Let’s be clear: Kim Williams does not live in Ohio, nor is she running for office in Ohio.
But fear not! The Buckeye Flame is not going off-brand from our exclusive focus on LGBTQ+ Ohio. Life is just a bit different in the Mid-Ohio Valley where that corner of Ohio and West Virginia really do work hand-in-hand.
“It’s just that mighty Ohio river that separates us,” laughs Williams. “Yes, we’re two different states, but we’re all one community.”
A proud West Virginia native, Williams is running for Vienna City Council. She is the first openly queer person to run for office in Wood County, and if successful, would be one of very few out people ever elected in the entire state of West Virginia.
This week, she was the target of a homophobic attack on social media designed to use her sexual orientation to both stoke fear in the community and well as to discredit her candidacy. We spoke with Williams about LGBTQ+ life in that part of Appalachia and how the homophobic post triggered quite the opposite response than the antigay attacker intended.
For people who have never visited, how would you describe LGBTQ+ life in your geographic area?
It’s not very good, but It’s changing. There are a lot of people who are trying to support LGBTQ folks and to make it a more welcoming community. A few years ago, we had a nondiscrimination ordinance in Parkersburg that came before the city council. It would have provided protections based on sexual orientation and gender identity in employment, housing, and public accommodations. It was a big fight, it was ugly, and it went on for months. In the end, the city council voted down that ordinance and were the only city in West Virginia to vote down such a proposed ordinance.
As a result of all that, the LGBTQ community banded together. We formed Parkersburg Pride, a 501c3 LGBTQ+ nonprofit, and that enabled us to do a lot of things in our community. We’ve had Pride Parades, we’ve had community clean-ups, and we had food drives. We even got a permanent endowment fund with Parkersburg Area Community Foundation.
All those positives things needed to come out of it. Because this little community needed to be shaken up a little bit. There needed to be recognition to acknowledge queer people who are your family members, your neighbors, and your coworkers. Visibility and representation really do matter.
Why and Vienna City Council and why now?
I’m a Vienna native. I was raised in Vienna, I have a local business right in the heart of town, and I love Vienna. I’m almost 53 years old, have a lot of business experience, and I really want to serve my community. As with any small town, we have a lot of challenges but we also have a lot of opportunities. We need new people in leadership, people who are prepared to help guide the city in the right way moving forward. I believe I can do that. I had never done public service before, but I know I have a lot to offer and can give back to the community.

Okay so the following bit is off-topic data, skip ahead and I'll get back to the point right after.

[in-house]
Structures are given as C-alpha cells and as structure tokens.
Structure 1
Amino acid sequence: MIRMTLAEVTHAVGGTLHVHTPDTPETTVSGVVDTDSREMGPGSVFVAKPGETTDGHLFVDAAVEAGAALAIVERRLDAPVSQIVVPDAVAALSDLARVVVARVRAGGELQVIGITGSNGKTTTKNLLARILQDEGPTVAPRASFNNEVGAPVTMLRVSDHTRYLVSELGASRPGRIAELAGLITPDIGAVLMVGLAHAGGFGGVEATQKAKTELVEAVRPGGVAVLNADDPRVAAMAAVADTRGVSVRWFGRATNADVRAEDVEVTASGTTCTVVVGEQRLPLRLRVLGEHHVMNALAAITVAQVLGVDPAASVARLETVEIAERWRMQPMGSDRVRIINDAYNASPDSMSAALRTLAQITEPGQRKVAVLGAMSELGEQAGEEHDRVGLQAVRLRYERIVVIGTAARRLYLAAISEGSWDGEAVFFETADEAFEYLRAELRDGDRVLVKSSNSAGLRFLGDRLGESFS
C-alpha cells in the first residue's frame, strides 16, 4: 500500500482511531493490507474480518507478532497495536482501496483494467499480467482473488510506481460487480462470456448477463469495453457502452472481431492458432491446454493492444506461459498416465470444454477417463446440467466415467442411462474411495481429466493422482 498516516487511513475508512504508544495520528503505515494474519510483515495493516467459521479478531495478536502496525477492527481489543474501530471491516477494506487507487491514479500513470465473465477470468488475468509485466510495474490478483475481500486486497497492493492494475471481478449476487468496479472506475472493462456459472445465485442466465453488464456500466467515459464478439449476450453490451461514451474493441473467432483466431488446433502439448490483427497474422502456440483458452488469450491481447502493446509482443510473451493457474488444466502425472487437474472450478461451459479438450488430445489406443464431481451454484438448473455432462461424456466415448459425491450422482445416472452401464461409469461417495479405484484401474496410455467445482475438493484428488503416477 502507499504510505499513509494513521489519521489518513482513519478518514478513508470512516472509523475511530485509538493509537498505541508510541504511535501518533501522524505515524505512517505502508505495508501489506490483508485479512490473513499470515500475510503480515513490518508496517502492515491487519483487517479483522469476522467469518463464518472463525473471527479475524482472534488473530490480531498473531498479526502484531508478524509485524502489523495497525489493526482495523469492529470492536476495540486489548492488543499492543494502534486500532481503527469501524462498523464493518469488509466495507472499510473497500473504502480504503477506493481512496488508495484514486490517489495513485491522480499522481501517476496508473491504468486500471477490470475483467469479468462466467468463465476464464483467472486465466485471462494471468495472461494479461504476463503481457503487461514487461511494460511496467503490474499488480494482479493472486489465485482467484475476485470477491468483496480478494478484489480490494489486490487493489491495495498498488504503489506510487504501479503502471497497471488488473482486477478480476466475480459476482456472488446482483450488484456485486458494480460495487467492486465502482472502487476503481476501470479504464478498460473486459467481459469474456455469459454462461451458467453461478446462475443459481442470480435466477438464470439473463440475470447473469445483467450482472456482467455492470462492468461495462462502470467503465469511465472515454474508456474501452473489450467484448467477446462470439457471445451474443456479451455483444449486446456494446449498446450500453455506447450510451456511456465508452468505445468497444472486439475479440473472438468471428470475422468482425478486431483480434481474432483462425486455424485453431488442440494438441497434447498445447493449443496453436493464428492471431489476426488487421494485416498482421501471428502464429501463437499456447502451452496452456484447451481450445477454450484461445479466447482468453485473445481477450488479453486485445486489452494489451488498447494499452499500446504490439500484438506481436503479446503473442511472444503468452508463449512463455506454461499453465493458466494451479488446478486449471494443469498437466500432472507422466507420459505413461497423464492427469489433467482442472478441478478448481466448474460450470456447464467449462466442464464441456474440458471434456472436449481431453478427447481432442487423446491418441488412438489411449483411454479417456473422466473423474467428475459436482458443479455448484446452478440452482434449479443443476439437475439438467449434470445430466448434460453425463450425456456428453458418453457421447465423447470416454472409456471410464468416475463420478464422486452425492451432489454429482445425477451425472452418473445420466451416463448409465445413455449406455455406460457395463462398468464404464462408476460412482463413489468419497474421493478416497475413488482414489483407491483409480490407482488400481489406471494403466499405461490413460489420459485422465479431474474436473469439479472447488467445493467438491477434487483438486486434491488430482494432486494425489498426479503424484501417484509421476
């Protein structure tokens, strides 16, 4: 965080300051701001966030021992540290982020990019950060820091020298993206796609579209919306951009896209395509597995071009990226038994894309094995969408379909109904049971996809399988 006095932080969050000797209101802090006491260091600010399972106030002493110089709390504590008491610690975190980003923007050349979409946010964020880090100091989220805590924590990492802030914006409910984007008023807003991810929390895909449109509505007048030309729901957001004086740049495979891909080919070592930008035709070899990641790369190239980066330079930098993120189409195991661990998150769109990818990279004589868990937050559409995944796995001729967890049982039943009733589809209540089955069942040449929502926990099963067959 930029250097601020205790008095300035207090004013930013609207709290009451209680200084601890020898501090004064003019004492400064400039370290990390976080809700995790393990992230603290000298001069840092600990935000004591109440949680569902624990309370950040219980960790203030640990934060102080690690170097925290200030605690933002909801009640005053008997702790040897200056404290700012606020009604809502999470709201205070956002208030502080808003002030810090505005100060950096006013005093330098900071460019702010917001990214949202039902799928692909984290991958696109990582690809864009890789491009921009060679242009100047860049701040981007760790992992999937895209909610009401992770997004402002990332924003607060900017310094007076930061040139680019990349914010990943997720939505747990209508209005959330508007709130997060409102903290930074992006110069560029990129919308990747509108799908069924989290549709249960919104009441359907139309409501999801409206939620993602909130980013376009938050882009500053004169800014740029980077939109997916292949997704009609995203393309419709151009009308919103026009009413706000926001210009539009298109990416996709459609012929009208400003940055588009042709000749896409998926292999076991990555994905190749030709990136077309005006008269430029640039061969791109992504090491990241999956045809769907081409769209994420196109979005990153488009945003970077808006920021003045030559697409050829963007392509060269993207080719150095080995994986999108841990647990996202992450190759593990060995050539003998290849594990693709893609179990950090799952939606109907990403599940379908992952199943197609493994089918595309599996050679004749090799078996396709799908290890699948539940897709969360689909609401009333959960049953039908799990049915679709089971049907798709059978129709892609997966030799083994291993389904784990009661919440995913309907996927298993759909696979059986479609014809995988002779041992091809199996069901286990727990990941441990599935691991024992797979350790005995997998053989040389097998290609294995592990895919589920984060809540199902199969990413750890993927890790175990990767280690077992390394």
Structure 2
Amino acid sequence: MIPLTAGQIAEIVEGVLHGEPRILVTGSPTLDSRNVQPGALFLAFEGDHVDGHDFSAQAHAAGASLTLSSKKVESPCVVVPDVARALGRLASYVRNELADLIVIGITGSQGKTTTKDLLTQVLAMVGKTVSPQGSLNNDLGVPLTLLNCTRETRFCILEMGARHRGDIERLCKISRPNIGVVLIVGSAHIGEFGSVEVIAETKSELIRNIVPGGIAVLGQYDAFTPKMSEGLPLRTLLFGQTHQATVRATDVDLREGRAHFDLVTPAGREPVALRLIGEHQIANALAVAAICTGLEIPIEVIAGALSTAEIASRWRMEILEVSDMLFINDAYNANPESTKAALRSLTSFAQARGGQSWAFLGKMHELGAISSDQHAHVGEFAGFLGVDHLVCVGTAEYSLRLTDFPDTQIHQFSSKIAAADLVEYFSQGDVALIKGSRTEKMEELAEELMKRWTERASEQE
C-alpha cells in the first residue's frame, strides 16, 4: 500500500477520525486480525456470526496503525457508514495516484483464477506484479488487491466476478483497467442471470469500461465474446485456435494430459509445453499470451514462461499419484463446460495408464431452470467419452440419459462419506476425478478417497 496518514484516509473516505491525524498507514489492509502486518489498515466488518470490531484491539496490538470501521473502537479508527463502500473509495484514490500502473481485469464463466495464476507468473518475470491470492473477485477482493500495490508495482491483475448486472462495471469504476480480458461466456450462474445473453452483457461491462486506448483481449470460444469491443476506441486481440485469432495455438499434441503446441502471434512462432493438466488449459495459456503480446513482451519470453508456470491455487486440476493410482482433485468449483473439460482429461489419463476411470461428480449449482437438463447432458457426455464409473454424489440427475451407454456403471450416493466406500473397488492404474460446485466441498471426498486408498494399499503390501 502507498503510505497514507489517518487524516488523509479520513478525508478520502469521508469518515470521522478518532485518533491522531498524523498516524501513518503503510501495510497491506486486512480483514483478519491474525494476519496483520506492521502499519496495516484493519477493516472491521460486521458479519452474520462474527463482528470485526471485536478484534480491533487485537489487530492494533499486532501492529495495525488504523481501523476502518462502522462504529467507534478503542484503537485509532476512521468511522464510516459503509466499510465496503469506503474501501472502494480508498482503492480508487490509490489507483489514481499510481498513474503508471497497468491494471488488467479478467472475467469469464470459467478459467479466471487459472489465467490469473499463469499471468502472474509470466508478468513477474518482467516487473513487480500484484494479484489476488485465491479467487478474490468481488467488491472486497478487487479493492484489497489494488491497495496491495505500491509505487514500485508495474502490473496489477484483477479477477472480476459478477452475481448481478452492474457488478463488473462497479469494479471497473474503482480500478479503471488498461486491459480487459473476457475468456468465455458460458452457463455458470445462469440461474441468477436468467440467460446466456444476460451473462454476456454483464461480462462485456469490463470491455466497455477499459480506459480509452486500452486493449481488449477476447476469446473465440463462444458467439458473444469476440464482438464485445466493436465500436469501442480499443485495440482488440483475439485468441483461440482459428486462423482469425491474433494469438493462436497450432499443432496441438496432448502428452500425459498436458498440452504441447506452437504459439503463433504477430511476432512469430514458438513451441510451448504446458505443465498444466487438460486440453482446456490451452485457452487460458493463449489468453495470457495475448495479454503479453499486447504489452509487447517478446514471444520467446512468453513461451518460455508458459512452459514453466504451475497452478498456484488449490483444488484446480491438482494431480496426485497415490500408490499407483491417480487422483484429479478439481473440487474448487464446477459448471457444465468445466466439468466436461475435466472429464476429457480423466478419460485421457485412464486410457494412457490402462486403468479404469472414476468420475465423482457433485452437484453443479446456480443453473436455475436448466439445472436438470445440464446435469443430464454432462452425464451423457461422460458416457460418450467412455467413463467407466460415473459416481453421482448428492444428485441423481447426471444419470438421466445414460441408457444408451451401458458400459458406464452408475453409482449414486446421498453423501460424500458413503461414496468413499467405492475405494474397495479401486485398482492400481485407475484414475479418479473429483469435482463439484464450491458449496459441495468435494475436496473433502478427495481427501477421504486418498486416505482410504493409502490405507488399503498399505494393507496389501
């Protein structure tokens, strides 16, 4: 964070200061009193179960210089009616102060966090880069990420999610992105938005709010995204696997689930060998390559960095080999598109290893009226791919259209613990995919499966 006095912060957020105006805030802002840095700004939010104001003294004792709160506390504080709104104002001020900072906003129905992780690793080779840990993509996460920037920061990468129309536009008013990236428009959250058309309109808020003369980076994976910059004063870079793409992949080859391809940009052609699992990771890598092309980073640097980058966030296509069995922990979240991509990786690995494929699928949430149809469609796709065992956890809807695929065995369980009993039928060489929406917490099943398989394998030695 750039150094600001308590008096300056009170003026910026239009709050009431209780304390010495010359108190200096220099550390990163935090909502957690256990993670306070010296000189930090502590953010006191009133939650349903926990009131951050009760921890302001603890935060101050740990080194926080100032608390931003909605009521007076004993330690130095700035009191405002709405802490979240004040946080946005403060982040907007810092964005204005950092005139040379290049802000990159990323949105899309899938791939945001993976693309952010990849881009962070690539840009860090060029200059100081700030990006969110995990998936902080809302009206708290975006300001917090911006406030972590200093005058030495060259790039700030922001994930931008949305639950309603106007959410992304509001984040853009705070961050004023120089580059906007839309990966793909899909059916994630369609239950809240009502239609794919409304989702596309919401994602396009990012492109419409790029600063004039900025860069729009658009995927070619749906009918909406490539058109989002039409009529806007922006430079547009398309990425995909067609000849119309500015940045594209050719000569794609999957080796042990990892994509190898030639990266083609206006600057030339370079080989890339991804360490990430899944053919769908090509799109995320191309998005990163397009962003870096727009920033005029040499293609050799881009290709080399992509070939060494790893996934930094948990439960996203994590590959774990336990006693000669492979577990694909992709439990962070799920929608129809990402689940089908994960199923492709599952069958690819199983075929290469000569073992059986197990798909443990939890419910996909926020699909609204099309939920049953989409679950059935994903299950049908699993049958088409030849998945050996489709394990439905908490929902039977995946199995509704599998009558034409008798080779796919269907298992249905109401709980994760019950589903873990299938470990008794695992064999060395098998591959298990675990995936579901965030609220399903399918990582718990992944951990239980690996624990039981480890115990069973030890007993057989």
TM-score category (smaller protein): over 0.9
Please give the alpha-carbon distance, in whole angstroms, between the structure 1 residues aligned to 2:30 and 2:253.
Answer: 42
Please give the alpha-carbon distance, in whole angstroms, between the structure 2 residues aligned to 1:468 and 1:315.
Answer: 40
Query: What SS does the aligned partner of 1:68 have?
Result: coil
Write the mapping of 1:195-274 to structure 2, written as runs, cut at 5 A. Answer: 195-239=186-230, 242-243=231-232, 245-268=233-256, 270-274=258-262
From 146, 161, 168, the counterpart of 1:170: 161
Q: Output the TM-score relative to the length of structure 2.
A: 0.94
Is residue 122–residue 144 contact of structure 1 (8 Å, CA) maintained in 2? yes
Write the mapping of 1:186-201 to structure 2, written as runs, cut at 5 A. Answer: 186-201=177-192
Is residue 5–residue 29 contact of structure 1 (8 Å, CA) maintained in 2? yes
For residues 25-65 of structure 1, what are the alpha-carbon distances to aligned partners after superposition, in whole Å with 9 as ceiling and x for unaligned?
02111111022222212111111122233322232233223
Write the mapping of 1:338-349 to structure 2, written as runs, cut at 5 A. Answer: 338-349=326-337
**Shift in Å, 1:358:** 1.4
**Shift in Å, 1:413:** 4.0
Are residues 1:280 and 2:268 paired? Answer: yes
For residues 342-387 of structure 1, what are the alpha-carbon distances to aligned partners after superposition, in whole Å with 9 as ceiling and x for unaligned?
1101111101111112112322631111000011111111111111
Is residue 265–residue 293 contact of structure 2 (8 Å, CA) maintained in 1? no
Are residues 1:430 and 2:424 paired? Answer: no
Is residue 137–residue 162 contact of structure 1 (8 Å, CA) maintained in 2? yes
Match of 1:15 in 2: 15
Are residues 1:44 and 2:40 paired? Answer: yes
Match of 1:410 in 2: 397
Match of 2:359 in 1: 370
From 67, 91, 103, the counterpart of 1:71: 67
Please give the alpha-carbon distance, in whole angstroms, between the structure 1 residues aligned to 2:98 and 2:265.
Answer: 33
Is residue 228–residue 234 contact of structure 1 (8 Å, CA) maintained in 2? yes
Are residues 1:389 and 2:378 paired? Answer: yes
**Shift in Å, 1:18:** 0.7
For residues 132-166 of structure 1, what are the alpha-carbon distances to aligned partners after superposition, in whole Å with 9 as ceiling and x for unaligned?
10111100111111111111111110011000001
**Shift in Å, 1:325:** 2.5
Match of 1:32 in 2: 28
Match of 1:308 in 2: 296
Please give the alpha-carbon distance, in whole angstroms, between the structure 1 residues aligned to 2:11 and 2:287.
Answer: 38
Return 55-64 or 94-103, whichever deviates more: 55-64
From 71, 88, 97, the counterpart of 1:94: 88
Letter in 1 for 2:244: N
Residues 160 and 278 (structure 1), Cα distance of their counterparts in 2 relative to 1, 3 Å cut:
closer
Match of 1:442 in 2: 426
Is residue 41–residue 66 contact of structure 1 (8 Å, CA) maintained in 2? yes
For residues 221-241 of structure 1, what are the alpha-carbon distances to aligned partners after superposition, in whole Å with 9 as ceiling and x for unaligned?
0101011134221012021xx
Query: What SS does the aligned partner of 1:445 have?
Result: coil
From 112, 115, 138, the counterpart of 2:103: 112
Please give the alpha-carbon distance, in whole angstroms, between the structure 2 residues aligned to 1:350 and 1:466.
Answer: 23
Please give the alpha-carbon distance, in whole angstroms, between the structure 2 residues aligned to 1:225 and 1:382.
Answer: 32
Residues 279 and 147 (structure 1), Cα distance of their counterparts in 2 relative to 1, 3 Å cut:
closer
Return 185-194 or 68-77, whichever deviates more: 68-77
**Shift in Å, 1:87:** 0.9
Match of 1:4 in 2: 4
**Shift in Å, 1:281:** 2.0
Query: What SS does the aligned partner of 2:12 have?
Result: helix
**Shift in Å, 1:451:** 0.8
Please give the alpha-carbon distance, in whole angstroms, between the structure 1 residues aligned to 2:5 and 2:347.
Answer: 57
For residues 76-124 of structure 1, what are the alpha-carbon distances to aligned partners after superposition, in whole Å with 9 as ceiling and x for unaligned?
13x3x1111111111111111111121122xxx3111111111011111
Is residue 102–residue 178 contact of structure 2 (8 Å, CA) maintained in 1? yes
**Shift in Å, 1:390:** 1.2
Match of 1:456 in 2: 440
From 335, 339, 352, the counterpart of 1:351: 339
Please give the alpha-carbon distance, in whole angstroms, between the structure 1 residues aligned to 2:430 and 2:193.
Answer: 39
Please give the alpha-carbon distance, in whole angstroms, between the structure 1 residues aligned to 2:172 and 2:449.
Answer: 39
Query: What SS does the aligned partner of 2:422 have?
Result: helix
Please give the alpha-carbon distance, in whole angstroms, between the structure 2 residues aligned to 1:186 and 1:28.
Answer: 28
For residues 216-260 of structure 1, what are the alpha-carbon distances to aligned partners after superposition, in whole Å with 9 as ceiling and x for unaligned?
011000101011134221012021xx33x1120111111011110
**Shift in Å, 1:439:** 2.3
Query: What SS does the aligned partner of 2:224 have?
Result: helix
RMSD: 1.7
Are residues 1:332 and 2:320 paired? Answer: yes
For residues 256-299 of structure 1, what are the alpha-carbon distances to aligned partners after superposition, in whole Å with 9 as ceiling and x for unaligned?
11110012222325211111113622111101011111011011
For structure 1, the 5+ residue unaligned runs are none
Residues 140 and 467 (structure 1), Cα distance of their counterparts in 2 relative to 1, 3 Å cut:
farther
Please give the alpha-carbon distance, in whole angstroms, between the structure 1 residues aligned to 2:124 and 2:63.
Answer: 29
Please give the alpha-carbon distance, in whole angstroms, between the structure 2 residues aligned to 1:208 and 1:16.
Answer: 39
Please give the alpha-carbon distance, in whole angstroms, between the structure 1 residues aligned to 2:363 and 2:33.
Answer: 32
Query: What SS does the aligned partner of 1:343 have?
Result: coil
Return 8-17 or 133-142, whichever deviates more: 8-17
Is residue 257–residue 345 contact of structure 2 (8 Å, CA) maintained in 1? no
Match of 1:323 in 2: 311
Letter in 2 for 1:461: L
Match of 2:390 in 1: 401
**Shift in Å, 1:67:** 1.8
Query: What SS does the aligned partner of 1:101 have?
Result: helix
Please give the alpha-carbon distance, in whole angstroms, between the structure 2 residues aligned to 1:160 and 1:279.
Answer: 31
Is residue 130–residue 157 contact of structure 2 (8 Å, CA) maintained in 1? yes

When elected, what are your priorities?
It always boils down to the same things with the priorities of a small town. Number one is addressing aging infrastructure. We have drainage issues that cause flooding in parts of our community and have resulted in damage to people’s homes. We have some bridges that are deteriorating. I really want to work on a plan to get those fixed. With regard to budgets, we’ve kind of lost our way as far as financial responsibility goes in Vienna, in my opinion.
It’s the boring stuff really. But as a person, I’m really wonky. I really love researching problems, thinking about them, collaborating with people, and coming up with solutions. It’s not a big buzzword that’s going to get people excited, but I’m all about the nuts and bolts of how the city runs and how you can make the community a great place to live.
So this homophobic post attacking you goes up, and the responses–some negative, but most were positive–come flooding in. What’s it like to be the person at the center of all of that?
First of all, I want to say, I am completely humbled by all the support that I got. It was pouring in and it was unbelievable. I’m tearing up just talking about it. I got calls and messages from people I didn’t even know and it was so encouraging. I was at a city council meeting last night and I had people come up to me and were so offended by what happened. People apologized to me and apologized that I had to go through that. They were disheartened that someone would come out with such hate and such homophobia.
Me personally, I was not surprised. When we were involved in the Parkersburg nondiscrimination ordinance, there were so many cruel things that were said in those council chambers. They compared us to pedophiles, much like this post did like attributing “grooming children” to me. They said nasty things about LGBTQ people and especially trans people. Those awful evil things that they said week-in, week-out for months were never covered in the newspaper. It was so degrading. It was so draining. Councilman Eric Barber was the source of so much of that. He was the one who attacked me.
I wish people could have seen back then how LGBTQ people were being treated and had talked to those people in the ways they have talked to and supported me over the past few days.
I’m pretty much desensitized to it at this point. I am who I am. Like I said, I’m 53 years old. I’m a lesbian. I’ve been around the block a time or two. You’re not going to make me cry. But the effect these homophobic attacks have on our young people really, really concerns me. I was very pleased that that post got the reach that it did because it’s affirming, especially for young people to see, “Ok, she’s got this.”
This is how we handle bullies. I didn’t stoop down to this level, and I would never do that. So it’s been a whirlwind of a couple of days trying to figure it all out, because it’s a lot of emotion. I didn’t expect the amount of support I got. It was overwhelming.